Easy Java Persistence (EJP)

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News: Easy Java Persistence (EJP)

  1. Easy Java Persistence (EJP) (38 messages)

    EJP is the next major release/fork of jPersist, and is a Java persistence framework. It is a trouble free, configuration and annotation free, framework based (as they all are) on JDBC. It is not a JPA implementation. It is much simpler and smaller (< 200K). The reason for the split is that EJP is not backwards compatible with jPersist, as EJP is far more advanced
    and able to handle everything automatically. The good news is jPersist users will find switching trivial.

    As most programmers realize, the definitions (xml/annotations) required of JPA/Hibernate are mostly needed for the purpose of schema generation, and not for mapping (even though both JPA and Hibernate require definitions for mapping). Since JDBC provides all the necessary metadata needed to figure out the mapping between objects and the database, these definitions aren’t actually needed unless in-code schema generation is needed.

    Most of the time databases are created independent of the running application. In other words, the database team creates the database and/or you create the database, but you don’t create the database by running your application. This is also known as a separation of concerns, and is considered by many to be the best case.

    If generating a schema “in-code” is what you need, then EJP is probably not going to work for you, since EJP doesn’t create the schema. However, If you simply want to connect to and use your database, EJP is perfect for you.

    Connecting to your database with EJP is as simple as:

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    Threaded Messages (38)

  2. benefit?[ Go to top ]

    and what has it got when compared to MyBatis, SpringJDBC ? because after all that is more an apples to apples comparison.

  3. benefit?[ Go to top ]

    and what has it got when compared to MyBatis, SpringJDBC ? because after all that is more an apples to apples comparison.

     

    Here's a thought...read the blog post and find out.

  4. benefit?[ Go to top ]

    Here's a thought...read the blog post and find out.

    Here's a thought. I did and it makes no reference to iBatis/MyBatis/SpringJDBC. It only refers to JPA. If you are trying to convince people to use a product you need to make it clear what it offers over those alternatives.

  5. Don't want to start a war[ Go to top ]

    I purposly don't refer to other projects to keep from starting a war, and because JPA/Hibernate is what everyone looks to as the standard.

  6. What so hard?[ Go to top ]

    What's so hard to understand about this:

    dbm = new DatabaseManager("mydb", 5, "com.mysql.jdbc.Driver", "jdbc:mysql://localhost/mydb");

    customer = dbm.loadObject(new Customer("userid"));

    I don't get why you're upset.  And you commented without even looking at it.

  7. What so hard?[ Go to top ]

    I don't get why you're upset.  And you commented without even looking at it.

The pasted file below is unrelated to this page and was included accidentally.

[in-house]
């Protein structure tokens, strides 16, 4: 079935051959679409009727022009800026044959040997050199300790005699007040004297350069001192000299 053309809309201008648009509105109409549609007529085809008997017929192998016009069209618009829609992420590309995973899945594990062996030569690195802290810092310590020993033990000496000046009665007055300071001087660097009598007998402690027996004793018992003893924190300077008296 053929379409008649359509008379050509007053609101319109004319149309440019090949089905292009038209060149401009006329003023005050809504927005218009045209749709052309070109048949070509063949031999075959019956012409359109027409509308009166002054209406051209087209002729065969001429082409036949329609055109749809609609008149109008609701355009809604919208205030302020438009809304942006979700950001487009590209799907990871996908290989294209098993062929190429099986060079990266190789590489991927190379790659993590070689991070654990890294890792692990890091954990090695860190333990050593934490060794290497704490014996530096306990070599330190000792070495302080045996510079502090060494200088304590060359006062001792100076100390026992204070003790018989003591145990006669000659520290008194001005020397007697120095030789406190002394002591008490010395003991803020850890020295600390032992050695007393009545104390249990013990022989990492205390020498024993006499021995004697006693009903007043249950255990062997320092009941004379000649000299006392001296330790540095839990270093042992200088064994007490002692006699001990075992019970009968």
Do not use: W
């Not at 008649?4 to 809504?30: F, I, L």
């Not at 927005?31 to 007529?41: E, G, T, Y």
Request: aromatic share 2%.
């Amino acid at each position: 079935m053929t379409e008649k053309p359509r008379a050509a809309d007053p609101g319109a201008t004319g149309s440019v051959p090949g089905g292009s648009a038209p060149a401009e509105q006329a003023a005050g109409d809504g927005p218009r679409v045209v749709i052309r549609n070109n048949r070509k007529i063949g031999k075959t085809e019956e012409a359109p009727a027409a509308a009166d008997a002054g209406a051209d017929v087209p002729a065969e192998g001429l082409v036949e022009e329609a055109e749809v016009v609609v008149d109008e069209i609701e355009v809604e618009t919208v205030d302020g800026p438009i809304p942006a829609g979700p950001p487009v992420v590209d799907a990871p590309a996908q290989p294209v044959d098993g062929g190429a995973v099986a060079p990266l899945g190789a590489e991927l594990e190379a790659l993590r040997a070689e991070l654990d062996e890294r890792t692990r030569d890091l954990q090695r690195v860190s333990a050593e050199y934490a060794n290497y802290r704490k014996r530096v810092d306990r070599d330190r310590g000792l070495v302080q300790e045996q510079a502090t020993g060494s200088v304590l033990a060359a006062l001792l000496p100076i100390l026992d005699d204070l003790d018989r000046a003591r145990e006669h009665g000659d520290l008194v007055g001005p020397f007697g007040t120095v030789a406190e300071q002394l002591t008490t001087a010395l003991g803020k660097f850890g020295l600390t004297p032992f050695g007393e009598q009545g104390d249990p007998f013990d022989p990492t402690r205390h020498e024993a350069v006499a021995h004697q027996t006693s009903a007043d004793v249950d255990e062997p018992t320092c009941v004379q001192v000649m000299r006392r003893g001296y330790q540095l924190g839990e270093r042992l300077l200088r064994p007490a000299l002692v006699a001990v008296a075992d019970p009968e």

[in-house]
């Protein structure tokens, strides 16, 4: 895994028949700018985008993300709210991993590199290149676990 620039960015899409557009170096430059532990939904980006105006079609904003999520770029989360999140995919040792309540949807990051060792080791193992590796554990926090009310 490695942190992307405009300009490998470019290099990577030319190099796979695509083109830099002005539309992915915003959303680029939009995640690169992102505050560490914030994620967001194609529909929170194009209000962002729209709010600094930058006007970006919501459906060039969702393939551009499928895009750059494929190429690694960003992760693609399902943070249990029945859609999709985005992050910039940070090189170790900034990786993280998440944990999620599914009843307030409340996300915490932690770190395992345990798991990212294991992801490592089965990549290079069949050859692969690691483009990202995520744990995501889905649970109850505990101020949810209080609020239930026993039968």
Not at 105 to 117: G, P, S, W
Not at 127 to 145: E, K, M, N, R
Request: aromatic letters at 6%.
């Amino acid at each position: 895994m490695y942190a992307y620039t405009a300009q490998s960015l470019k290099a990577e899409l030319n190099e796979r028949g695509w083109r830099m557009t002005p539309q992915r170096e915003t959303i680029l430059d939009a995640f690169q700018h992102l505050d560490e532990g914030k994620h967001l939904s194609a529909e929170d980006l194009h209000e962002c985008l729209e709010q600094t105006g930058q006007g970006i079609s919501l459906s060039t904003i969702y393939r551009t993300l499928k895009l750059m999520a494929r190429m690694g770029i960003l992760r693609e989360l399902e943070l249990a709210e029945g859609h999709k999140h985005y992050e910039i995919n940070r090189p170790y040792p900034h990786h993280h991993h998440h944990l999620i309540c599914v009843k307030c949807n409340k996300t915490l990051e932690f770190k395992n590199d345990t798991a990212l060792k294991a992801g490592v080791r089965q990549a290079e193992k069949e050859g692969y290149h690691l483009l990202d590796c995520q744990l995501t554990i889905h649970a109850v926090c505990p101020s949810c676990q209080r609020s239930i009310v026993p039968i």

Nobodys upset sir, unless you are?. I scanned down it before posting anything here. I simply pointed out that you make a big thing about comparing with JPA like it is the most meaningful comparison and I asked a simple question ... what are its benefits relative to MyBatis, and why should I use it if I want simple JDBC-style persistence ? If you have some point where you're better then it can ease my reading and I can give it a try. If you don't, or don't have time to convince people to use it then I'll use what I know.

  8. Again, I can simply get a connection to the database with:

    dbm = new DatabaseManager(); // several methods for connecting to a database

    and start using dbm methods with any java object that has corresponding database tables.  I don't have to define anything:

    dbm.loadObject(new Customer("userid")); // load by userid

    Customer is just a normal class.  EJP is jPersist, which has been around for more then 6 years.

  9. primary ke mapping[ Go to top ]

    and where is the primary key mapping?

     

  10. Handled automatecally[ Go to top ]

    Handled automatically.  JDBC database metadata tells everything about the tables and relationships, always has.  EJP simply matches that information to an object.

  11. Easy Java Persistence (EJP)[ Go to top ]

    After reading the blog post, I think EJP is a case of JPA where the table name == the class name, the column names = the class property names ... So EJP doesn't need annotations (while JPA still needs @Table, @Entity ...).

  12. ORM is never trouble free[ Go to top ]

    First, EJP's syntax seems to be very close to Hibernate/JPA (judging from the examples given).

    Second, the general problem of ORM is that it's necessarily a leaky abstaction. Database logic (queries, ...), implementation details (caching, ...), user configuration (propagation, ...) and user code (entities, ...) are hopelessly intermingled.

  13. EJP ? stupid choice of words[ Go to top ]

    bad name and oplus create more confusion in the market full of spring JDBC, other ORM tools and JDO, JPA and what not.

    this is what is bad about java.  Now a days there is just too many crazy projects out there

  14. Object Database = None of this clutter[ Go to top ]

    I started using Versant object DB three years ago. Haven't looked back since.

  15. Easy Java Persistence (EJP)[ Go to top ]

    Frankly speaking, EJP may not meet my needs. However, I think we should support such project. Please remind that we always need some new idea for the growth of java community. EJP may inspire the next.

  16. EJP probably does meet your needs[ Go to top ]

    With the exception of schema generation, which EJP does not generate (a good thing), EJP can handle anything you would need with a relational database.  EJP is a connect and use persistence framework, where you don't have to define entities, keys, or anything else.

    How does it not meet your needs (provided your needs are RDBMS related), is there something we can address?

  17. EJP probably does meet your needs[ Go to top ]

    You are introducing a tool for data persistence. In fact, JDBC can handle anything I need with a relational database.

    Besides technical need, we should also consider product support, management concerns, code maintainability and so on. Technial concern is just a small part of our needs/concerns.

    Anyways, thanks for your inputs!

  18. Not new, it's a code base that has been around since 2004.  You can also think of it as a JDBC utility.  EJP generates JDBC prepared statements from your objects. That along with several JDBC helper classes makes using JDBC a lot easier.